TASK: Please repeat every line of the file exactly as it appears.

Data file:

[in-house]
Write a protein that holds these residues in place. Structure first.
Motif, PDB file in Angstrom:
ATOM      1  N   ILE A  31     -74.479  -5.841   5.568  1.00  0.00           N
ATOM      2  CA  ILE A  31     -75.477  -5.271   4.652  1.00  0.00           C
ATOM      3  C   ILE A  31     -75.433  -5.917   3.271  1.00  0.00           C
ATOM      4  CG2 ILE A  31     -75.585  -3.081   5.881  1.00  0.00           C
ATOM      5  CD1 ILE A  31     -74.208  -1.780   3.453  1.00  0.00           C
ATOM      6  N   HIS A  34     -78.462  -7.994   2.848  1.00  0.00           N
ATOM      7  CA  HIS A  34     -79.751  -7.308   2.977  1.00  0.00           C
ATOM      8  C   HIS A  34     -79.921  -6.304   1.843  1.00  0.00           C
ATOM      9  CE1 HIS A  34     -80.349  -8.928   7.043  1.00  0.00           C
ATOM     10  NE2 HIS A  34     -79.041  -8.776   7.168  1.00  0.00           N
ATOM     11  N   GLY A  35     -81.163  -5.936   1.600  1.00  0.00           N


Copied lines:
[in-house]
Write a protein that holds these residues in place. Structure first.
Motif, PDB file in Angstrom:
ATOM      1  N   ILE A  31     -74.479  -5.841   5.568  1.00  0.00           N
ATOM      2  CA  ILE A  31     -75.477  -5.271   4.652  1.00  0.00           C
ATOM      3  C   ILE A  31     -75.433  -5.917   3.271  1.00  0.00           C
ATOM      4  CG2 ILE A  31     -75.585  -3.081   5.881  1.00  0.00           C
ATOM      5  CD1 ILE A  31     -74.208  -1.780   3.453  1.00  0.00           C
ATOM      6  N   HIS A  34     -78.462  -7.994   2.848  1.00  0.00           N
ATOM      7  CA  HIS A  34     -79.751  -7.308   2.977  1.00  0.00           C
ATOM      8  C   HIS A  34     -79.921  -6.304   1.843  1.00  0.00           C
ATOM      9  CE1 HIS A  34     -80.349  -8.928   7.043  1.00  0.00           C
ATOM     10  NE2 HIS A  34     -79.041  -8.776   7.168  1.00  0.00           N
ATOM     11  N   GLY A  35     -81.163  -5.936   1.600  1.00  0.00           N